Stand With Paris

It breaks my heart to see how hateful people can be after times like this. This is not the case of a whole race, religion, or group of people spreading hatred. This is because a few individuals are angry because others have what they don’t have or can’t have. This is no different than the gunman within American society who decide to hurt others because if they are unhappy than no one else can be happy.
The following quote is German and even though it would be more appropriate in French it’s meaning still stands. After all France and Germany were once enemies and now they are close allies. I originally found out about it in the German History Museum in Bonn it resonates with me.
“Your Christ is jewish, your car is japanese, your pizza is italian, your democracy is greek, your coffee is brazilian, your numbers are arabic, your alphabet is latin… only your neighbor is foreign?”
All our cultures bring something beautiful into the world and we, as citizens can not match hate with hate.

Stand With Paris
Stand With Paris

Photo Creadit @Jean_Jullien for the Paris Imagery.

Advertisements

Top Five Things I Learned While Studying Abroad

Top Five

I recently just finished my study abroad session in Germany. It was only a month, which of course is a very short time frame, but that doesn’t mean I didn’t have enough time to learn anything. Here is a short list of five things that I learn while being abroad.

1.The Most Valuable Lessons are Found Outside the Classroom

There is much to learn inside the classroom, but the best lessons in life are often found in day to day life. Living in a different country can often be a challenging experience and can force you to think fast on your feet. Learning how to get out of bad situations, communicating with language barriers, and learning how to adapt to cultural norms are all examples of this.

2.Cultural Exchanges Are Okay

I think many student studying abroad don’t let the culture they are in make an impact on them. They tend to play it safe and only stick with things that are familiar to them. I have found it is important to do things that you normally don’t get to do at home and to push yourself outside your comfort zone. (Which doesn’t include getting drunk and extra obnoxious because you are in a foreign country) Trying new things and meeting new people allows you to learn more about yourself and gives you a broader outlook. Let the country and the people of that country leave an impact on you, but also share your culture as well.

3. Your Expectations Will Be Shattered 

For me I had a lot of different ideas what being in a different country was going to be like. You grow up having different perceptions all based from what the media portrays. When I finally arrived in Europe I honestly had a lot of different ideas on what the country would be like and the people. A great deal of these perceptions were wrong. For example the French are not generally rude and will hate you for being American/English Speaking. (Note: I was only in Paris, which is quite touristy, mind you.) Since, I was also living abroad being in a place become less exotic if you are trying to live day to day life. As an example I became a little desensitized to the fact many shops were closed on Sundays and made sure to do my grocery shopping on a Saturday or Friday.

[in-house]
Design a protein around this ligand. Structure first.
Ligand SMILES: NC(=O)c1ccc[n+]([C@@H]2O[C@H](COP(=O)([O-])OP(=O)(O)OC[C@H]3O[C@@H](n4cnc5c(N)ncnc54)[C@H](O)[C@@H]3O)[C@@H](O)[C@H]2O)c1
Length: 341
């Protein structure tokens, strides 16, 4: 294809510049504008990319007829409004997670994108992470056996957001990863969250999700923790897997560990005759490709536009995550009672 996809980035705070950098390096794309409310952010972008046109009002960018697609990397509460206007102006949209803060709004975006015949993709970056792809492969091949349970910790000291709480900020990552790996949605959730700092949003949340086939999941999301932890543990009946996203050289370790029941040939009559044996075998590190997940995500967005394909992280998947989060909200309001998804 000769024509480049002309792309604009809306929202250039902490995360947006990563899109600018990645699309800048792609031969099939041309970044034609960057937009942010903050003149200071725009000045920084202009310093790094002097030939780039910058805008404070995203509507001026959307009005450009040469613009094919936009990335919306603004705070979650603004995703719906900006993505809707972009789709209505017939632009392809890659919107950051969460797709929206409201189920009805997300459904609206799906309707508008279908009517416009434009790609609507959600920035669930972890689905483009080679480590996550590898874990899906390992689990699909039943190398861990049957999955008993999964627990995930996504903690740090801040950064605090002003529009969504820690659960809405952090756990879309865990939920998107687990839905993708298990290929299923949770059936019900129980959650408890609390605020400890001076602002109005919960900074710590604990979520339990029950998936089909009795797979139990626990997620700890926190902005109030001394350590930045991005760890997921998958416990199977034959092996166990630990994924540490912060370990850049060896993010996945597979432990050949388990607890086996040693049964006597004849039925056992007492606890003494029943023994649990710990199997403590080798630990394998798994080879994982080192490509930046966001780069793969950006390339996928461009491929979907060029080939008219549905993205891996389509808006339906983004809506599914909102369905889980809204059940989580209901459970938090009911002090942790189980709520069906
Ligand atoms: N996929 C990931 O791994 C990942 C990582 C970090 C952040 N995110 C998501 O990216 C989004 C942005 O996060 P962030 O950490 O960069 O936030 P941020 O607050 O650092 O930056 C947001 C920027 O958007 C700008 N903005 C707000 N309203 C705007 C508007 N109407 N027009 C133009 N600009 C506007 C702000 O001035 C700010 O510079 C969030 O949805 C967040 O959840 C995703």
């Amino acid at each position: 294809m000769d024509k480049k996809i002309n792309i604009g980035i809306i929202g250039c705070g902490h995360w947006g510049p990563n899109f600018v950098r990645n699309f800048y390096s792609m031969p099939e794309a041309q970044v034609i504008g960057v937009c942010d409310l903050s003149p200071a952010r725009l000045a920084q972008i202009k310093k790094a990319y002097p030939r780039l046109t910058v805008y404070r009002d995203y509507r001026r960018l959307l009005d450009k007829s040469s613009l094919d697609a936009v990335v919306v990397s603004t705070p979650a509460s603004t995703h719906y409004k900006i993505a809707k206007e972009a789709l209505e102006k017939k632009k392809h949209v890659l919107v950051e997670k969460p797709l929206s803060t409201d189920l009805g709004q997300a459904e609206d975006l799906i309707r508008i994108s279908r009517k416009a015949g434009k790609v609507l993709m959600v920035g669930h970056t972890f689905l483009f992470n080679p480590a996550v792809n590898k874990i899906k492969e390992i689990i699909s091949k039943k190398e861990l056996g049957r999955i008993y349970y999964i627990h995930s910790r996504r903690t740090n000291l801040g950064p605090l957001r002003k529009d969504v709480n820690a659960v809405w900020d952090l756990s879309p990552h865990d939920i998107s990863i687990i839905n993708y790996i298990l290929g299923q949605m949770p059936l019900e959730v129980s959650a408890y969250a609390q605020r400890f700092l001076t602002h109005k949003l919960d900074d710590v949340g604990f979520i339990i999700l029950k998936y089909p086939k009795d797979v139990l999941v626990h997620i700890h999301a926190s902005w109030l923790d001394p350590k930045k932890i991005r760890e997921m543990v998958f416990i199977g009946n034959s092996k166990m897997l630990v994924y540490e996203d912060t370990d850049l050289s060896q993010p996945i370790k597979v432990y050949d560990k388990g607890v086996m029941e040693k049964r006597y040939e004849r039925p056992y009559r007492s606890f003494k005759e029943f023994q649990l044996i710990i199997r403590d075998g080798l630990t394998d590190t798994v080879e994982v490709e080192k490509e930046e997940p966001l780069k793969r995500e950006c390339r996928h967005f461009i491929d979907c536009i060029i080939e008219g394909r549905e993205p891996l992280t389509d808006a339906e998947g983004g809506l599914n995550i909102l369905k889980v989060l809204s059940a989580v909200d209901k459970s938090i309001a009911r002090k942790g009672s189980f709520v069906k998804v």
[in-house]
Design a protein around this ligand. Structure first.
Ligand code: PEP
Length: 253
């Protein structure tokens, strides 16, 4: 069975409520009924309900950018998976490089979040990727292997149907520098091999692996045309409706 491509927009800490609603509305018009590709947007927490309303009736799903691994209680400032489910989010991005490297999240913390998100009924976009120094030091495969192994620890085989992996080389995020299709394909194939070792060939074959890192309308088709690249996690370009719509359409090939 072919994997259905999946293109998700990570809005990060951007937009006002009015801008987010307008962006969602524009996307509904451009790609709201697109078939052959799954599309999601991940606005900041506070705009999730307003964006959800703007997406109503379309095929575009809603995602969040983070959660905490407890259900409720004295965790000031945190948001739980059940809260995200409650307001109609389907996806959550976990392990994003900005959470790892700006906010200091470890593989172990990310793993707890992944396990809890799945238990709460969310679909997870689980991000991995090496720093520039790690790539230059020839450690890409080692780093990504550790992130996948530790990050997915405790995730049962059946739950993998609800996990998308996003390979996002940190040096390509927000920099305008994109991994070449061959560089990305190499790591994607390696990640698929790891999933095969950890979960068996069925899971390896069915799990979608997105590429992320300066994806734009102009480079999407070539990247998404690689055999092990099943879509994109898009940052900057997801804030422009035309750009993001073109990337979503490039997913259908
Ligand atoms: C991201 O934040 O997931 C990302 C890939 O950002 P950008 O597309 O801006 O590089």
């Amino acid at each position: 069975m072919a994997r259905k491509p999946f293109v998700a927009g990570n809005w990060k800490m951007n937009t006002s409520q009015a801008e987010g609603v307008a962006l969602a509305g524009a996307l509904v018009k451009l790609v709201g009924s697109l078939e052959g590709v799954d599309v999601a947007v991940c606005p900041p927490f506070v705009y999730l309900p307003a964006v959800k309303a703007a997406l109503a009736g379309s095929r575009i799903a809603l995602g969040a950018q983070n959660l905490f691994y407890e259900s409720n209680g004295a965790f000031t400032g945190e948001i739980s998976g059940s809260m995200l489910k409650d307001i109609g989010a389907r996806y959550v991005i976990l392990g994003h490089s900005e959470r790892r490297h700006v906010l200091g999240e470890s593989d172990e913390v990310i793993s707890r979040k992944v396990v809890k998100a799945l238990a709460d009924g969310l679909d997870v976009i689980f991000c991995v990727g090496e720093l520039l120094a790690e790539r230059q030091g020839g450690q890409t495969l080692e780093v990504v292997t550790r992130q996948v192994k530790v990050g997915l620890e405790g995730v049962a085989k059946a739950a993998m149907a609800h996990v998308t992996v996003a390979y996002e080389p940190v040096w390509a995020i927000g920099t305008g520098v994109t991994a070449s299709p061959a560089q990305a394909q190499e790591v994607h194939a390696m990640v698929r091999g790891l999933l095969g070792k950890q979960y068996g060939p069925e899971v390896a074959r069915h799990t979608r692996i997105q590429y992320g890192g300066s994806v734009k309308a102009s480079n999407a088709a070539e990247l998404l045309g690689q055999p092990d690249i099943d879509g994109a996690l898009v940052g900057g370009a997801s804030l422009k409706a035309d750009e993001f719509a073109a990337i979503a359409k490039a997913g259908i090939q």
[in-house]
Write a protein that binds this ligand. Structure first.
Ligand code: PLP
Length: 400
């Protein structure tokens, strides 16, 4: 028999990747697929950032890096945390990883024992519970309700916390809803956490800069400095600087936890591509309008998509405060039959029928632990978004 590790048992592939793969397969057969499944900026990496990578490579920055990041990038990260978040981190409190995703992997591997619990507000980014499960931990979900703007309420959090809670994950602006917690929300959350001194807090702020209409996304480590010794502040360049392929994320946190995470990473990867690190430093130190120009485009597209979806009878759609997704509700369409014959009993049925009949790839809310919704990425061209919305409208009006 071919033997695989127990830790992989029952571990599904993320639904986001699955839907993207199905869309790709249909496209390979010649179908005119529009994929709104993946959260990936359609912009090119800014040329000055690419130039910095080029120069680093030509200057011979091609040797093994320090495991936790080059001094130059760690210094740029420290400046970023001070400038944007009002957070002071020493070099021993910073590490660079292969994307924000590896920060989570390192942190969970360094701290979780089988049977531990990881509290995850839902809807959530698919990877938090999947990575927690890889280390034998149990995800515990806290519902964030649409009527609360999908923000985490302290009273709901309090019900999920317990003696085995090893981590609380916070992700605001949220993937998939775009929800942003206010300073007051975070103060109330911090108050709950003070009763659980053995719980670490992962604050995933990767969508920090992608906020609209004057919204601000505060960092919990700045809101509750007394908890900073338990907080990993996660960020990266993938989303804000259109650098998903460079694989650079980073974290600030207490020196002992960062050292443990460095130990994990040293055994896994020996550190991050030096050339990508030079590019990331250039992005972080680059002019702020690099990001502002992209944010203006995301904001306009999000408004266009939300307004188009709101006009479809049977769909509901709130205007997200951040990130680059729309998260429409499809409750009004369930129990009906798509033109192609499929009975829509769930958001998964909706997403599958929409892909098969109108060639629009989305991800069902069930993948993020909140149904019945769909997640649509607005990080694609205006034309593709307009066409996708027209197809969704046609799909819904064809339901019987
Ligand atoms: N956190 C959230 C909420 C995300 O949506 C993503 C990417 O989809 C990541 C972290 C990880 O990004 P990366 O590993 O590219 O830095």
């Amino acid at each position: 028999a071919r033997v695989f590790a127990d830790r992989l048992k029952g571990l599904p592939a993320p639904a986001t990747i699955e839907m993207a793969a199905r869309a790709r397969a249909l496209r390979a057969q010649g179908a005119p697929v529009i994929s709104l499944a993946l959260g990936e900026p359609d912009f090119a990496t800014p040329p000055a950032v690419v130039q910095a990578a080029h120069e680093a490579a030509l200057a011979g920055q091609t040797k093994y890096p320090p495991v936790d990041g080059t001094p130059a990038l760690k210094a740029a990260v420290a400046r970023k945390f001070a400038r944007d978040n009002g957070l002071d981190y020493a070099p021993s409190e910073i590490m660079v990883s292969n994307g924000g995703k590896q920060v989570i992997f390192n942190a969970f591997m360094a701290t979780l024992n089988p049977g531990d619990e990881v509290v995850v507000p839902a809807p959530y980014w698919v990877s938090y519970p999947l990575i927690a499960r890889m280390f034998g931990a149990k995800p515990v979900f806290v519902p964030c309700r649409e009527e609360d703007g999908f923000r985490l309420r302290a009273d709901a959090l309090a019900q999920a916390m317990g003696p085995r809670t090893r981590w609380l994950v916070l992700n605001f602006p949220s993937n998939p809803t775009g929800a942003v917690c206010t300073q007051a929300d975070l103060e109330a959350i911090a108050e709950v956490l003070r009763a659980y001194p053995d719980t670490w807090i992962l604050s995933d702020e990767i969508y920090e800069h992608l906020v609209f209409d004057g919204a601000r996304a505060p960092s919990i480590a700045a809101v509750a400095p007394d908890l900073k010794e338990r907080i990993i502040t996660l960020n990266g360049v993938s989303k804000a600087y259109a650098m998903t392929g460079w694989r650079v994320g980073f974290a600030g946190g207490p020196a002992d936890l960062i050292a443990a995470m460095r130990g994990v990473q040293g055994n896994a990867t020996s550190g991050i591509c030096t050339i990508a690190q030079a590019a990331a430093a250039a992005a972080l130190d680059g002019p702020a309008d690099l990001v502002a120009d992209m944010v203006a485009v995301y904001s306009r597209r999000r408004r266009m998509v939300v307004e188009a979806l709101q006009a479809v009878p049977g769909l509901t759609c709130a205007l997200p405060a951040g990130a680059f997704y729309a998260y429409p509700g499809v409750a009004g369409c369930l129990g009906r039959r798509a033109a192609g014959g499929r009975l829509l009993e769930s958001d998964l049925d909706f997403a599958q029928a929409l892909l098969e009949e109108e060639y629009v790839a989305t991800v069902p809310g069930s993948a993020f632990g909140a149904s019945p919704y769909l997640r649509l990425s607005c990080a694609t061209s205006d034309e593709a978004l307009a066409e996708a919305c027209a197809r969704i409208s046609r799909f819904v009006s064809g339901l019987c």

4. Kindness is Universal

I had a lot of troubles while abroad. For the first few days I hardly had any Euros because I got locked out of my account, I didn’t have an adapter to charge any of my electronics, my phone didn’t work abroad, and I was constantly getting lost in the city I was studying in. I can honestly say I am pretty sure I made every rookie mistake one can make in a foreign country. One thing I did have to learn is to actually ask for help because there were many times where I was unable to figure out certain things by myself. This was hard for me because I pride myself in being independent. The thing I found is that people are kind all over the world and are more than willing to help you out, even if you are just a confused little tourist.

5.Be Gracious

I am a lucky individual to be given the chance to see and actually be in some of the places I am in. For many traveling is a dream and many don’t even know certain places exist. After so many people have been so kind to me it is important to say thank you and to show gratitude. Saying thank you in another language is one of the most essential skills one can. I made sure to write a thank you note to all my teachers and for those who helped me. (I also made sure to add special candies that you can only find in my part of the globe, this sort of goes back to sharing your own culture.) At the end of the day savor the moment and days you have, especially if things don’t always go as planned.

Image Credit: Eli Defaria

These are just a few things I learned during my short semester. For those who have lived in a foreign country, what things have you learned?